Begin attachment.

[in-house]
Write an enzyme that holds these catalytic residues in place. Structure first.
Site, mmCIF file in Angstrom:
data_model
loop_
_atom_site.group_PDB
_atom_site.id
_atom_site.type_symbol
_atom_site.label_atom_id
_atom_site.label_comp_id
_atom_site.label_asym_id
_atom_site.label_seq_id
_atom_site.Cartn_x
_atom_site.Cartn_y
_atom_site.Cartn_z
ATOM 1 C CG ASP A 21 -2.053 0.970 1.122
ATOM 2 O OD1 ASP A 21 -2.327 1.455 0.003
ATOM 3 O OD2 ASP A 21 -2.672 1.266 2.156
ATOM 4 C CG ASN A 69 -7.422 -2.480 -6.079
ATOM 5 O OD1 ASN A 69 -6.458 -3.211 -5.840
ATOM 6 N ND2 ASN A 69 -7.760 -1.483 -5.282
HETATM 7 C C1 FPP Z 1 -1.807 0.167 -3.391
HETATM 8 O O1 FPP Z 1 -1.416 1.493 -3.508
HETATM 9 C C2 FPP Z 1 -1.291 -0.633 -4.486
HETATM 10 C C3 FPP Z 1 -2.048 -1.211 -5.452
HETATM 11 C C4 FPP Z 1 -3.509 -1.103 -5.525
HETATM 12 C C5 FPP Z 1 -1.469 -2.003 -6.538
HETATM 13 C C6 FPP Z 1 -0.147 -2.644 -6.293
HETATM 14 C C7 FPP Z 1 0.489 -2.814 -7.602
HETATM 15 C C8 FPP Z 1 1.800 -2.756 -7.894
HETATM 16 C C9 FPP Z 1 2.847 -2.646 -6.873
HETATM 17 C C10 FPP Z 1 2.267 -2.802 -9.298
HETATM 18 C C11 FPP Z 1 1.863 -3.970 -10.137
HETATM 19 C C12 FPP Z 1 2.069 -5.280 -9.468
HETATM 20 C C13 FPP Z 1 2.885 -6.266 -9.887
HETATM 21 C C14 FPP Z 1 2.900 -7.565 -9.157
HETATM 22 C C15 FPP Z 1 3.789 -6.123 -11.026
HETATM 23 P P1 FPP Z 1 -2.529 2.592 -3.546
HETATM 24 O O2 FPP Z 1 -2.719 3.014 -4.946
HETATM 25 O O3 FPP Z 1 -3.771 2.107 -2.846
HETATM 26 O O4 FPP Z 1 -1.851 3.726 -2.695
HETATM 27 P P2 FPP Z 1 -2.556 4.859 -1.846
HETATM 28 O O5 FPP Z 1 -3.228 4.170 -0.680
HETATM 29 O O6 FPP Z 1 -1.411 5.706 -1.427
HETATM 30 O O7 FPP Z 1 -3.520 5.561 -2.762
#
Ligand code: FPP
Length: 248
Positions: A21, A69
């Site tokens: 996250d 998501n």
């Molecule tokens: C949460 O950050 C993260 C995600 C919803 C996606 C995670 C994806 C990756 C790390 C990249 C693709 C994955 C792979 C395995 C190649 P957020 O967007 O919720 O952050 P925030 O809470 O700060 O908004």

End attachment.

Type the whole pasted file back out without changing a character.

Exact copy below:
[in-house]
Write an enzyme that holds these catalytic residues in place. Structure first.
Site, mmCIF file in Angstrom:
data_model
loop_
_atom_site.group_PDB
_atom_site.id
_atom_site.type_symbol
_atom_site.label_atom_id
_atom_site.label_comp_id
_atom_site.label_asym_id
_atom_site.label_seq_id
_atom_site.Cartn_x
_atom_site.Cartn_y
_atom_site.Cartn_z
ATOM 1 C CG ASP A 21 -2.053 0.970 1.122
ATOM 2 O OD1 ASP A 21 -2.327 1.455 0.003
ATOM 3 O OD2 ASP A 21 -2.672 1.266 2.156
ATOM 4 C CG ASN A 69 -7.422 -2.480 -6.079
ATOM 5 O OD1 ASN A 69 -6.458 -3.211 -5.840
ATOM 6 N ND2 ASN A 69 -7.760 -1.483 -5.282
HETATM 7 C C1 FPP Z 1 -1.807 0.167 -3.391
HETATM 8 O O1 FPP Z 1 -1.416 1.493 -3.508
HETATM 9 C C2 FPP Z 1 -1.291 -0.633 -4.486
HETATM 10 C C3 FPP Z 1 -2.048 -1.211 -5.452
HETATM 11 C C4 FPP Z 1 -3.509 -1.103 -5.525
HETATM 12 C C5 FPP Z 1 -1.469 -2.003 -6.538
HETATM 13 C C6 FPP Z 1 -0.147 -2.644 -6.293
HETATM 14 C C7 FPP Z 1 0.489 -2.814 -7.602
HETATM 15 C C8 FPP Z 1 1.800 -2.756 -7.894
HETATM 16 C C9 FPP Z 1 2.847 -2.646 -6.873
HETATM 17 C C10 FPP Z 1 2.267 -2.802 -9.298
HETATM 18 C C11 FPP Z 1 1.863 -3.970 -10.137
HETATM 19 C C12 FPP Z 1 2.069 -5.280 -9.468
HETATM 20 C C13 FPP Z 1 2.885 -6.266 -9.887
HETATM 21 C C14 FPP Z 1 2.900 -7.565 -9.157
HETATM 22 C C15 FPP Z 1 3.789 -6.123 -11.026
HETATM 23 P P1 FPP Z 1 -2.529 2.592 -3.546
HETATM 24 O O2 FPP Z 1 -2.719 3.014 -4.946
HETATM 25 O O3 FPP Z 1 -3.771 2.107 -2.846
HETATM 26 O O4 FPP Z 1 -1.851 3.726 -2.695
HETATM 27 P P2 FPP Z 1 -2.556 4.859 -1.846
HETATM 28 O O5 FPP Z 1 -3.228 4.170 -0.680
HETATM 29 O O6 FPP Z 1 -1.411 5.706 -1.427
HETATM 30 O O7 FPP Z 1 -3.520 5.561 -2.762
#
Ligand code: FPP
Length: 248
Positions: A21, A69
């Site tokens: 996250d 998501n």
């Molecule tokens: C949460 O950050 C993260 C995600 C919803 C996606 C995670 C994806 C990756 C790390 C990249 C693709 C994955 C792979 C395995 C190649 P957020 O967007 O919720 O952050 P925030 O809470 O700060 O908004």